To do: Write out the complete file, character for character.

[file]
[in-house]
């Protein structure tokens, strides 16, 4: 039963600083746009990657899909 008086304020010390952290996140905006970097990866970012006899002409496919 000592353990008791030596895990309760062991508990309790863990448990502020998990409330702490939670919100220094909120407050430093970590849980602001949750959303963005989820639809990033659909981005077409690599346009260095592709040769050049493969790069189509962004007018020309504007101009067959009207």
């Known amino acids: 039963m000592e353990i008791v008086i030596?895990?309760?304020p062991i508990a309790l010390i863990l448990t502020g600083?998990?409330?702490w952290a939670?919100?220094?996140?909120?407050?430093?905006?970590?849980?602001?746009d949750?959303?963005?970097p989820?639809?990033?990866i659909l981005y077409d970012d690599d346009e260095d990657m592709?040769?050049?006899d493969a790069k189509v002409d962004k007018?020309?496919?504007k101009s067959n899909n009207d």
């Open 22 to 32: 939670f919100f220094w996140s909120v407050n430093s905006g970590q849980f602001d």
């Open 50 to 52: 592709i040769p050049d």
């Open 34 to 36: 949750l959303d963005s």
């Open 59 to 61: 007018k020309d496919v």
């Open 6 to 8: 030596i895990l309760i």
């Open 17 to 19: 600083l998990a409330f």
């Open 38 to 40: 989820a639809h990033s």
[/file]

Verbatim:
[in-house]
């Protein structure tokens, strides 16, 4: 039963600083746009990657899909 008086304020010390952290996140905006970097990866970012006899002409496919 000592353990008791030596895990309760062991508990309790863990448990502020998990409330702490939670919100220094909120407050430093970590849980602001949750959303963005989820639809990033659909981005077409690599346009260095592709040769050049493969790069189509962004007018020309504007101009067959009207």
């Known amino acids: 039963m000592e353990i008791v008086i030596?895990?309760?304020p062991i508990a309790l010390i863990l448990t502020g600083?998990?409330?702490w952290a939670?919100?220094?996140?909120?407050?430093?905006?970590?849980?602001?746009d949750?959303?963005?970097p989820?639809?990033?990866i659909l981005y077409d970012d690599d346009e260095d990657m592709?040769?050049?006899d493969a790069k189509v002409d962004k007018?020309?496919?504007k101009s067959n899909n009207d």
């Open 22 to 32: 939670f919100f220094w996140s909120v407050n430093s905006g970590q849980f602001d």
């Open 50 to 52: 592709i040769p050049d």
């Open 34 to 36: 949750l959303d963005s």
């Open 59 to 61: 007018k020309d496919v």
């Open 6 to 8: 030596i895990l309760i």
């Open 17 to 19: 600083l998990a409330f």
């Open 38 to 40: 989820a639809h990033s």